Act V, scene x–scene xii
The scene now shifts to the Scrutineo. The four judges, the notary, the guards, Bonario, Celia, Corvino and Corbaccio enter; we are witnessing the sentencing hearing for Bonario and Celia. As the judges prepare to declare the sentecne, Voltore and Volpone enter, Voltore driven to distraction by Volpone's teasing. He demands forgiveness from the judges, and from the "innocents" Bonario and Celia. He then begins to confess to the deceit that he and Mosca engineered earlier that day. Corvino interrupts him, asking the judges to ignore Voltore, claiming that the lawyer acts out of pure jealousy over the fact that Mosca has inherited Volpone's fortune, now that Volpone is dead. Volpone's "death" takes the judges by surprise. Voltore insists that he is telling the truth, and hands over what seems to be a handwritten confession to the judges. The judges decide to send for Mosca, but cautiously, since they now believe that he may be Volpone's heir, and to insult would be a grave offence.
Volpone paces to and fro on the street. He realizes that his gloating has resulted in Voltore's confession. He curses himself for his "wantonness" (V.xi.4), his obsessive need to seek pleasure in everything, and hopes aloud that Mosca will help him out of this mess. He runs into Nano, Androgyno and Castrone, who tell him that Mosca told them to go play outside, and took the keys to the estate. Volpone begins to realize that Mosca may be looking to keep the estate for himself, and again curses his foolishness; he decides that he must try to must give Voltore "new hopes" (V.xi.21), in other words convince the lawyer that he could still inherit the estate, because Volpone is still alive.
Back at the Scrutineo, the judges are thoroughly confused. Voltore and Celia maintain that Voltore is telling the truth, while Corvino continues to insist that Voltore is possessed by a demon. Volpone, still in diguise, enters, and informs the judges that the parasite (Mosca) will soon arrive, before turning to whisper in Voltore's ear. He tells Voltore that Mosca has informed him (the guard Volpone pretends to be) that Volpone still lives, and that the faked death was a test to determine Voltore's resolve; Voltore realizes with chagrin that he has failed. But Volpone suggests that if Voltore corroborates Corvino's contention that he is possessed by falling to the ground and writhing on the floor, he may yet prove his loyalty; Voltore complies immediately. Volpone tells everyone to stand back, and ask them if they see the demon flying out of Voltore's mouth (there is, of course, no demon; it is another one of Volpone's tricks). Voltore then asks "Where am I?" (V.xii.34), and claims that, though his confession is written in his handwriting, the contents of it are false. According to Voltore post-collapse, Mosca is just as innocent as Volpone- who, the lawyer goes on to assert, is not dead. Everything seems to be going well for Volpone, until Mosca enters. For Mosca refuses to corroborate Voltore's claim that Volpone is alive. According to Mosca, the funeral preparations are underway as he speaks. Volpone is shocked. Mosca offers to help Volpone for half his fortune; Volpone says that he would rather "be hanged" (V.xii.63) than cut this deal. Volpone, still in disguise, asserts to the court that Volpone is alive, while under his breath acquiescing to Mosca's demand for half; but now Mosca will not accept even this offer. When Volpone insists that he is not dead, in direct contradiction of Mosca, he is taken away to be whipped for his insolence. Realizing that with a legal will in place, there is nothing else for him to do, Volpone reveals himself to the Senate. The judges realize that they have been deceived, and order Bonario and Celia to be let go. They condemn Mosca to life as a galley-slave for impersonating a nobleman of Venice, and send Volpone to prison. Voltore is disbarred, Corbaccio stripped of all his property (which is handed over to Bonario), and Corvino sentenced to public humiliation: he will be rowed through the canals of Venice, wearing donkey's ears. The scene ends with a polite request to the audience to show their appreciation for the play through their applause.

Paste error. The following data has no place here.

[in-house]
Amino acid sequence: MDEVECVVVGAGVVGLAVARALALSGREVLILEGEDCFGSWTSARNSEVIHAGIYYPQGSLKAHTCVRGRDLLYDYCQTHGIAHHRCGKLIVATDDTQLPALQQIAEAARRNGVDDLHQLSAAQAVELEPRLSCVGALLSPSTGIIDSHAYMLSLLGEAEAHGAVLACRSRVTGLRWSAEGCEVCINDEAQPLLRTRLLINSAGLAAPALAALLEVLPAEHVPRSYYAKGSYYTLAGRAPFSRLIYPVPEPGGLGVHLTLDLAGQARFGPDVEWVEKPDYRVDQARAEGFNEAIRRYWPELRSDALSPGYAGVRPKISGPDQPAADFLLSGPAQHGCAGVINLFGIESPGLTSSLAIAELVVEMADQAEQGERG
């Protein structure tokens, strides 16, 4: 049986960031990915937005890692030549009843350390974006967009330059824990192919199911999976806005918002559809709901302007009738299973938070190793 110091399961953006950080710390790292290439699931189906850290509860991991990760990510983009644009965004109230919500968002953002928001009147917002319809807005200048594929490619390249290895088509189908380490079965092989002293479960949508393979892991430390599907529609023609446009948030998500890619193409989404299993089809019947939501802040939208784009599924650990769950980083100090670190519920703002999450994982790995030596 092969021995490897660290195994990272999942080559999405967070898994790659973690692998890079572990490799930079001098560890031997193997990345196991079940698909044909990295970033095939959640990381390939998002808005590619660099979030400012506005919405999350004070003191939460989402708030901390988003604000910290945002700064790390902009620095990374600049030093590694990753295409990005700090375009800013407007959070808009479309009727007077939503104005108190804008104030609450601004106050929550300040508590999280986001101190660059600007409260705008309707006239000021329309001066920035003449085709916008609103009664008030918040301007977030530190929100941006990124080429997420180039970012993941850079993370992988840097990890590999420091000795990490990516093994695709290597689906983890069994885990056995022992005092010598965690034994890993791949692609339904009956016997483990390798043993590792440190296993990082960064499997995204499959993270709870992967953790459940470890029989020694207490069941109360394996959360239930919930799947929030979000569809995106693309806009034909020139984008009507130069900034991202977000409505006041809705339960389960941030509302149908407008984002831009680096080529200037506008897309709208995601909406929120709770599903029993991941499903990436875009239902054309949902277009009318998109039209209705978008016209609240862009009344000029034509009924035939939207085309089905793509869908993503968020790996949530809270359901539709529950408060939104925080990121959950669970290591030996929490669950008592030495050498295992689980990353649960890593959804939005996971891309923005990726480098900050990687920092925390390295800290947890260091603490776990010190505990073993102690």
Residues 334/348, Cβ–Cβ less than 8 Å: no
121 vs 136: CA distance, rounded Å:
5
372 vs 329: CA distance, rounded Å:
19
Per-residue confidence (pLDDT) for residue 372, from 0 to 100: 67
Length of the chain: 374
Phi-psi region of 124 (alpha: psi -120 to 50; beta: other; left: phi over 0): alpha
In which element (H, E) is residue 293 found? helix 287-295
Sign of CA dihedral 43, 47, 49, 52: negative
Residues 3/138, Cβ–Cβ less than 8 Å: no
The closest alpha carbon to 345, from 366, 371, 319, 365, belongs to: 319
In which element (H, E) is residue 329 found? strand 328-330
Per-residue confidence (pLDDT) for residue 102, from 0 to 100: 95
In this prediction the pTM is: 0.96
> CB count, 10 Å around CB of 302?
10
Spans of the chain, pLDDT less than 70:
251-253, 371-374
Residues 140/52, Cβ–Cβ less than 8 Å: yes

The way Jonson metes out punishment to his characters bears a resemblance to one of Lady Politic's less favorite Italian poets: Dante Alighieri (III.iv). The greedy Corbaccio has his estate taken away from him, Corvino, who behaves like an ass during the entire play, is metaphorically transformed into one, and Volpone, who pretended to be bedridden in order to satisfy his insatiable lusts, will now be bedridden permanently, still unable to satisfy his desires for Celia (or anything else for that matter). This fitting of the punishment to the crime in a poetic, imaginative way is similar to Dante's device of contrapasso which he employs in Inferno (Hell), book one of his Divine Comedy. The punishments there, and here, are meant to capture the inner essence of the crime itself; in other words, Volpone's greed for pleasure and self- gratification made him a prisoner of his desires, bound to be frustrated in his attempts to achieve them, long before he was ever put into chains. The judge, after administering these punishments, emphasizes their didactic purpose: "Take heart, and love to study 'em" (V.xii.150), he says of the punishments, and his comparison of vices to "beasts"(151) brings to mind the "fable" aspect of Volpone, congruent with the idea that the judge is giving us a tidy, neat moral to the story. But there are some problems with the ending of Volpone, which may serve to contradict the moral message that Jonson has fairly straightforwardly pursued up until now. There is the problem of the protagonist. This is a comedy, and protagonists in comedies should generally end up happily. The only characters who in fact end up happy are Celia and Bonario; but these characters are comparatively thin; we invest much less emotion in them than we do in Volpone, who seems a much more reasonable choice for protagonist. But then the ending is very severe for a comedy, because we are not really given full- blooded characters to sympathize with, and cheer on to a happy resolution. Such harshness is mandated by Jonson's purpose in writing the play, which was not only to entertain but also to educate. Though Jonson allows Volpone and Mosca the spotlight for most of the play, the final scene is meant to tell us that however interesting they may be, and however sympathetic they may appear, they are still worthy of the punishment they will eventually find. Volpone appears especially sympathetic towards the end of the play, when the only person he trusts betrays him. And he does manage the redeeming act of revealing himself, and thus saving Bonario and Celia, though this may be motivated more by a desire to get back at Mosca or to reassert his own identity as from any moral motivations. We can say that it in fact strengthens the moral message of the play that a sympathetic character gets punished for his vice, because our sympathy makes us identify with Volpone, and search for that vice within ourselves. But the unmitigated catastrophe of the situation for Volpone- he is going to jail for the rest of his life-has been said to give the play tragic undertones. Another problem arises with the judges themselves. They are given the job of handing out the punishments at the end of the play, distrbution Jonson's poetic justice. But Jonson satirizes them thoroughly in their treatment of Mosca. While they think Mosca has money, they treat him with the utmost respect and courtesy, and one judge hopes to marry his daughter to him. But as soon as it turns out that he has none, he is subjected to the worst punishment of any offender, "for being of no birth or blood" (V.xii.112). The 3rd judge becomes the victim of dramatic irony when he says that Volpone should be "taught [how] to bear himself/ Towards a person of his [an equal or higher] rank" (V.xii.79–80). Rank assumes supreme importance at this stage of the play; but rank seems to be ultimately determined by money. Because of his harsh punishment and his conflict with Volpone in the final scene, Mosca is a chief candidate for the play's antagonist; but the behavior of the judges does not refute, but in fact confirms, Mosca's contention, in Act Three, that the "wise" world is "nothing but parasites". While the judges believe that they can possibly gain wealth from him, they treat him kindly; as soon as it is clear they cannot, they abuse him. Jonson's problem with the judges becomes clear; he wants his play to affirm the values cherished by Celia and Bonario, those of honor and religiosity. He desires his use of irony to be stable, irony employed against a certain set of values-those of Volpone (see Act I.i)-in favor of the values of Celia and Bonario; it is a conservative form of irony, in that it hearkens back to an older idea of virtue, and attacks the modern ideas of Volpone. But the Venetian state, as he portrays it (and we know this closely mirrored his view of English society at the time) was run through with parasitism from top to bottom; everyone was a Mosca, in Jonson's eyes, or at least everyone who had influence, even symbols of wisdom such as the judges. But an ending where Celia and Bonario are punished and Volpone and Mosca escape free would have been contrary to the play's didactic purpose; showing virtue losing out to vice doesn't make virtue seem the more favorable option of the two. So Jonson is forced to compromise his unremittingly negative portrait of Venetian society in order to accommodate his need to have Celia and Bonario win out at the end. This compromise may explain a dissatisfaction produced by the ending, its feeling of being too artificial, and not "of a piece" with the rest of the play.